DRM (Digital Rights Management) is supposedly a tool for protecting intellectual property in digital media, but the usage of it has introduced numerous other challenges. These side-effects (or in some cases, arguably intentional effects) cause other problems for the proliferation and use of beneficial technology.

These challenges can include:
  • Speed, resource, and energy overhead
  • Losing media you already “own" if the provider decides to discontinue it or goes out of business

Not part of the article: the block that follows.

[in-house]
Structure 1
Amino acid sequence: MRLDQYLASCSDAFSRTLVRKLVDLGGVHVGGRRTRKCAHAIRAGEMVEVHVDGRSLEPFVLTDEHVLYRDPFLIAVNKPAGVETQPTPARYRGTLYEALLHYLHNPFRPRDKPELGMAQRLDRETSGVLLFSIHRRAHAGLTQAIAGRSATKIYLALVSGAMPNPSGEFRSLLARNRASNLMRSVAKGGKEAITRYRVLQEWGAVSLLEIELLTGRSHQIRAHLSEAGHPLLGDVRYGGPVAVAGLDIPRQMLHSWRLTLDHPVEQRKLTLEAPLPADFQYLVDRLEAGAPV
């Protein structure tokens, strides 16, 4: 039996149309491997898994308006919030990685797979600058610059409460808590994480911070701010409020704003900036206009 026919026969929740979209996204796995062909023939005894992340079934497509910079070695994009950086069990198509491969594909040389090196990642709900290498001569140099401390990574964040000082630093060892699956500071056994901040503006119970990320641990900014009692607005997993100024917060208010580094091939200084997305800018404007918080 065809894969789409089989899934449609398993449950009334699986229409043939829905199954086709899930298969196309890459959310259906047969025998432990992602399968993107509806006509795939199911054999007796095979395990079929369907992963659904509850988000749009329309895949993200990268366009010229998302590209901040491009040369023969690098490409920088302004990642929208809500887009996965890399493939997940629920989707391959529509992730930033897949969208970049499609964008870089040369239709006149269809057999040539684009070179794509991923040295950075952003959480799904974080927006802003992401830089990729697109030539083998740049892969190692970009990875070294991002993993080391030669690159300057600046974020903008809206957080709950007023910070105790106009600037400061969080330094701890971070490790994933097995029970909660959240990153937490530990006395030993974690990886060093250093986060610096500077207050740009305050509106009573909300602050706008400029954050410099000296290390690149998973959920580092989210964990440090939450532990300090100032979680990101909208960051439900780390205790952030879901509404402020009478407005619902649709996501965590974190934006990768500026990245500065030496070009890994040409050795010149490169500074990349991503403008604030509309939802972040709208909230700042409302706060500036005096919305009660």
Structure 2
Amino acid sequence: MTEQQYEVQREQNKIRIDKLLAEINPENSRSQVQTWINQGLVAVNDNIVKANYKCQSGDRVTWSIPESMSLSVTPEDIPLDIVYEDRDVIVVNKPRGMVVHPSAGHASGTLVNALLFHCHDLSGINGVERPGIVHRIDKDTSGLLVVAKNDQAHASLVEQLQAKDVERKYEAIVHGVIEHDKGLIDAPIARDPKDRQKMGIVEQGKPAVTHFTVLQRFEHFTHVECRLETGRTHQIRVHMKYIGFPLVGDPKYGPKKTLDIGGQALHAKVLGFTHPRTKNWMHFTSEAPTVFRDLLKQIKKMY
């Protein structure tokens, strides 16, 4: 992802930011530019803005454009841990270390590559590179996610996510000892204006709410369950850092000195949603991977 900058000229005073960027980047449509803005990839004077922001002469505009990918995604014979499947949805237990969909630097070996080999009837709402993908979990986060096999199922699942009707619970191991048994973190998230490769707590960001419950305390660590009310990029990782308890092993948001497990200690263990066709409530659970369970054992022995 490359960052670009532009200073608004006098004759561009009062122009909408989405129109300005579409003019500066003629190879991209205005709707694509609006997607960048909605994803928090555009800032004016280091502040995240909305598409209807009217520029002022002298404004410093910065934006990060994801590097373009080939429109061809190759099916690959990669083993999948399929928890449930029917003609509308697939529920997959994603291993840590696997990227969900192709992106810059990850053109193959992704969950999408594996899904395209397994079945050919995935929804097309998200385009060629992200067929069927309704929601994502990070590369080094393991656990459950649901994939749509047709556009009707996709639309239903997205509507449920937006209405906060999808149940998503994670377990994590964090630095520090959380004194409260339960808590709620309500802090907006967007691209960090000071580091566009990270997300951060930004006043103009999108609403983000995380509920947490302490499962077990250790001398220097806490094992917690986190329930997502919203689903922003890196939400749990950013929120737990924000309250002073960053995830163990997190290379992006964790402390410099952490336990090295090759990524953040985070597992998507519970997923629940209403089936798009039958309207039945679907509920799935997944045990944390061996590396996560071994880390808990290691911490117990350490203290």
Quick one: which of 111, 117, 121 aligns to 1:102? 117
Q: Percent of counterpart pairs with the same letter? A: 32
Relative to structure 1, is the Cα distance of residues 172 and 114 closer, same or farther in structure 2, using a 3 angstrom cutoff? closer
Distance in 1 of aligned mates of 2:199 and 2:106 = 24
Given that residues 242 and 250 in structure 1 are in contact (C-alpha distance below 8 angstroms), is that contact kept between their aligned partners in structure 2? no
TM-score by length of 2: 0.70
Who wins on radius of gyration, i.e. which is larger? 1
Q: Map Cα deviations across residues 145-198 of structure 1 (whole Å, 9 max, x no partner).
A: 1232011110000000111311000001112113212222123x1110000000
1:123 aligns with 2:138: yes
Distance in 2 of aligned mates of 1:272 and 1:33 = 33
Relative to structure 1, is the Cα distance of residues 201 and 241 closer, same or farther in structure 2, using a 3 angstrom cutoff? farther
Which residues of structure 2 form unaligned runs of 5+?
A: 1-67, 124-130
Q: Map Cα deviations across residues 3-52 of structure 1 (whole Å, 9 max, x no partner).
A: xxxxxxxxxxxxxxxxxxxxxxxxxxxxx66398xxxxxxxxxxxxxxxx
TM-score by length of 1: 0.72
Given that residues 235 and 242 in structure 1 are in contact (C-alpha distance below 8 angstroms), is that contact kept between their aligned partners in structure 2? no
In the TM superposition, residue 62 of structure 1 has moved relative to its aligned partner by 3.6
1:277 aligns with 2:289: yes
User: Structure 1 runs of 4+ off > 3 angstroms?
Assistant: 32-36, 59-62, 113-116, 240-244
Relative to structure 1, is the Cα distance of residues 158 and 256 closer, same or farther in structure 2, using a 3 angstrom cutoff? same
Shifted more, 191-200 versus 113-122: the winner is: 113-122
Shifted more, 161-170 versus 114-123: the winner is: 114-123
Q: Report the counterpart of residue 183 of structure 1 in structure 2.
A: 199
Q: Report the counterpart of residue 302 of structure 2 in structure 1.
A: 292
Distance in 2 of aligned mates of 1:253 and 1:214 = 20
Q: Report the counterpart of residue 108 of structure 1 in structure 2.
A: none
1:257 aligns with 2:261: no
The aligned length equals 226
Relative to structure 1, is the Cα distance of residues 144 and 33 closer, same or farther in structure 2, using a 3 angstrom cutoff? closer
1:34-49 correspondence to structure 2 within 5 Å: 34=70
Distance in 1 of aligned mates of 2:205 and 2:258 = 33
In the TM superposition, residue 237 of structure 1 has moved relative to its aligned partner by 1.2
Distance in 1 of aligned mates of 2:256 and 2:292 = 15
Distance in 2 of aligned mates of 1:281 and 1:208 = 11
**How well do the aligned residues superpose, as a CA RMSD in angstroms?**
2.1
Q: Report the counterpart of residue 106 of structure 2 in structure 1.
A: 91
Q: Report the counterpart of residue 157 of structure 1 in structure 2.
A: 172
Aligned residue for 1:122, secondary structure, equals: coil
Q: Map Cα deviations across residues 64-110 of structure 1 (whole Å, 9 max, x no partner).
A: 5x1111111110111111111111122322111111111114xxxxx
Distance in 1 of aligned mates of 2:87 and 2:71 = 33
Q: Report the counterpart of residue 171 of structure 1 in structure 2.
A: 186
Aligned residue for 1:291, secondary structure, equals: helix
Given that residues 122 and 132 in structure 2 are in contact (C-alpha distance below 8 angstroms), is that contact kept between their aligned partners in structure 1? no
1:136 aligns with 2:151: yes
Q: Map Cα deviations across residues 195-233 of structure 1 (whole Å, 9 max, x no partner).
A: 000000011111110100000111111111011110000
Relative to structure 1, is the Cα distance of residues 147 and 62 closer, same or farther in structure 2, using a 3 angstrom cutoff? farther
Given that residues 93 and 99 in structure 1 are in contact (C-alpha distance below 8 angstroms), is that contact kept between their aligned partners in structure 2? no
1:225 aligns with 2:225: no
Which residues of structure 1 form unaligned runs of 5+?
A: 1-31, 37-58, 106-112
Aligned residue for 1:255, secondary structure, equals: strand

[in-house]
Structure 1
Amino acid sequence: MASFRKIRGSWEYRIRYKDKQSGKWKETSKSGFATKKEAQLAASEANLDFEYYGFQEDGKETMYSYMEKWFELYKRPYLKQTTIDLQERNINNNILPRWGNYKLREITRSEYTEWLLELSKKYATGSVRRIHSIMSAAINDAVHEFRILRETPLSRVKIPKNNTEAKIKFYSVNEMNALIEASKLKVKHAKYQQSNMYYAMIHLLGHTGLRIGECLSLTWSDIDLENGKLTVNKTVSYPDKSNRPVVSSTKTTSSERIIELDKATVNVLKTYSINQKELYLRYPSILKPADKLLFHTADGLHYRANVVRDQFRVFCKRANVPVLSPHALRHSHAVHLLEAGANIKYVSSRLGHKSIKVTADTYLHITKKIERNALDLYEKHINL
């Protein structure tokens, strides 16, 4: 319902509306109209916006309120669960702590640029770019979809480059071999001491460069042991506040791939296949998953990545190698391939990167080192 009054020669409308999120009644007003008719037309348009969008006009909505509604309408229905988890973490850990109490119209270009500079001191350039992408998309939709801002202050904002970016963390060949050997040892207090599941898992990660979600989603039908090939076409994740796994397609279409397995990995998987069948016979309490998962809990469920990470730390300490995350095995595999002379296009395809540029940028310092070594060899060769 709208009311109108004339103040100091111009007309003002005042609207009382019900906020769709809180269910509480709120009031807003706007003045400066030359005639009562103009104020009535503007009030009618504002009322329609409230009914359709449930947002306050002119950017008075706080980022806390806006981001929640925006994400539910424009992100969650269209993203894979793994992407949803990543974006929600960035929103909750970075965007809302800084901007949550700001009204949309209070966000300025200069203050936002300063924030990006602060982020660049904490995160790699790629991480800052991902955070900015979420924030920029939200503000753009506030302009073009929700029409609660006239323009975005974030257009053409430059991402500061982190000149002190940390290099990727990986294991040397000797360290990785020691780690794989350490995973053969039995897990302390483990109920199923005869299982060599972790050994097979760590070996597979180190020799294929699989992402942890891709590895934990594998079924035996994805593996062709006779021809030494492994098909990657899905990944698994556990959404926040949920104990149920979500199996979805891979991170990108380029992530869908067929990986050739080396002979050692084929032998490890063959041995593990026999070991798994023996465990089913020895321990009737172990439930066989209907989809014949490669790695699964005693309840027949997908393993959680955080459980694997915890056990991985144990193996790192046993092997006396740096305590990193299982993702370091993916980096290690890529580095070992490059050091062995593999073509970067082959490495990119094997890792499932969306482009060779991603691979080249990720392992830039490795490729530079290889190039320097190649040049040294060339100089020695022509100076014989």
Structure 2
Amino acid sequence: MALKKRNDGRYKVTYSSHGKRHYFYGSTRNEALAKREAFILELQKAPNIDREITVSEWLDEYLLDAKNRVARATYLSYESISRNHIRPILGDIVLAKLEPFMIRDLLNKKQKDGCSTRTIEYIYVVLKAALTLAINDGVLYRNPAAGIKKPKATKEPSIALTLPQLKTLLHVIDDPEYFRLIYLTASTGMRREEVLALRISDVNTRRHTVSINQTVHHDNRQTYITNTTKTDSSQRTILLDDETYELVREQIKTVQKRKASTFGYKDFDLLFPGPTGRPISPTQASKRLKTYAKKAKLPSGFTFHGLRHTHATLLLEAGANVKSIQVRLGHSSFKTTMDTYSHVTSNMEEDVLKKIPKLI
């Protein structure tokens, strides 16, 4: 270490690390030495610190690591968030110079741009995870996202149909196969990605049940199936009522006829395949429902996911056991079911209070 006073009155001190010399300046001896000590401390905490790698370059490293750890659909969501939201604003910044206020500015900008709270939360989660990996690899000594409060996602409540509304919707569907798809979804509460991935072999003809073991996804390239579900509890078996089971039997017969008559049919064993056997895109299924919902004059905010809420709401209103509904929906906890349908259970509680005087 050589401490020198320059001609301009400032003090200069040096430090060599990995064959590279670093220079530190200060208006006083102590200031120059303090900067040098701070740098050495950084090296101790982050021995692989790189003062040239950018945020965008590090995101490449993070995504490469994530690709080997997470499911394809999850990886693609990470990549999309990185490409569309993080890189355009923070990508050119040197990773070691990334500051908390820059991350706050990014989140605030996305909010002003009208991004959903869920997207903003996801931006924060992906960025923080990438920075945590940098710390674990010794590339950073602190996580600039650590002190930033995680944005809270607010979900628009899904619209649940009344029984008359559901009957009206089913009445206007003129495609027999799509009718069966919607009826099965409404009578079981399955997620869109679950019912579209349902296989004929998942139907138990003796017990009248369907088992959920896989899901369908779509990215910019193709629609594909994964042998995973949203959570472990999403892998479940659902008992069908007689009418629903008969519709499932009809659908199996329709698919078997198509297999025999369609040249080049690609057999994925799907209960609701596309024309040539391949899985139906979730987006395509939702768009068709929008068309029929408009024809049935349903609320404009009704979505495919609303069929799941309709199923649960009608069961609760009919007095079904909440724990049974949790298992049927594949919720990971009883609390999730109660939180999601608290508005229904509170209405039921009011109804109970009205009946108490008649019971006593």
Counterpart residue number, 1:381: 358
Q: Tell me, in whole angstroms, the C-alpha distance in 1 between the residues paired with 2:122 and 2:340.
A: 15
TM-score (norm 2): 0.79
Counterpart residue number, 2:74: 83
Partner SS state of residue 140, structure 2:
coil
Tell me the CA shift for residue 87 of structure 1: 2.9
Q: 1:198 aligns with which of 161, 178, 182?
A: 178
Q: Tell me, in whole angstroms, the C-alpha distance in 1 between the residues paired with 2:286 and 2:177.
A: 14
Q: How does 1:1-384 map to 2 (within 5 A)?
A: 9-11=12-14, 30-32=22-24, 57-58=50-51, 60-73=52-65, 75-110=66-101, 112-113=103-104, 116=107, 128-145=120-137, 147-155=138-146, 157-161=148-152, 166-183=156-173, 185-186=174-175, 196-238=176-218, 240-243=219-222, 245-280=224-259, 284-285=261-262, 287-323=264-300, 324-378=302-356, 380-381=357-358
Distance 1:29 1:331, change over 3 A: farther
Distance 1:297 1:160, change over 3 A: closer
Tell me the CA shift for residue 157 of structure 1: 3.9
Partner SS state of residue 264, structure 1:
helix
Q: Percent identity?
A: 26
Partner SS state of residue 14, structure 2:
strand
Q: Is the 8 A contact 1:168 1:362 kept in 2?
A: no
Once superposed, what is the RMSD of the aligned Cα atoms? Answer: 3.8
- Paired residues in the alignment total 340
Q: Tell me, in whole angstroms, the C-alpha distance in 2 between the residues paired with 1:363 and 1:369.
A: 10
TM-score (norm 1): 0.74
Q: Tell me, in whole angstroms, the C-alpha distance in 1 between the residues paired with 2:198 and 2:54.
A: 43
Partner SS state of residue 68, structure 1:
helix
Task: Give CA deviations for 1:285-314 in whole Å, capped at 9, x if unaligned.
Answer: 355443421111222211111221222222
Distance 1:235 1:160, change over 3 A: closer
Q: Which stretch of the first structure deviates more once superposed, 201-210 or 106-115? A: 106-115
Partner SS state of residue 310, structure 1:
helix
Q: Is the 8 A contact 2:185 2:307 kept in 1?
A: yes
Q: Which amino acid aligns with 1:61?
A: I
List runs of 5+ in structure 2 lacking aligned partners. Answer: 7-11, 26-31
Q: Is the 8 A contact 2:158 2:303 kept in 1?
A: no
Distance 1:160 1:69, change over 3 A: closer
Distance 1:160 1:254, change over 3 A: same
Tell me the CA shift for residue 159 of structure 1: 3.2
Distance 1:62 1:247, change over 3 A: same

• Inability to consume the media in different formats, backup the media, or use it offline
  • Inability to edit the media for accessibility needs or personal projects (such as notetaking for review)
  • Inability to lend, re-sell, trade, or gift the media

But there is pernicious another angle to DRM. The Electronic Frontier Foundation discusses one of these legal issues in a recent post, discussing how legal precedents around DRM also challenge the ability to improve the safety and security of critical devices (such as medical devices).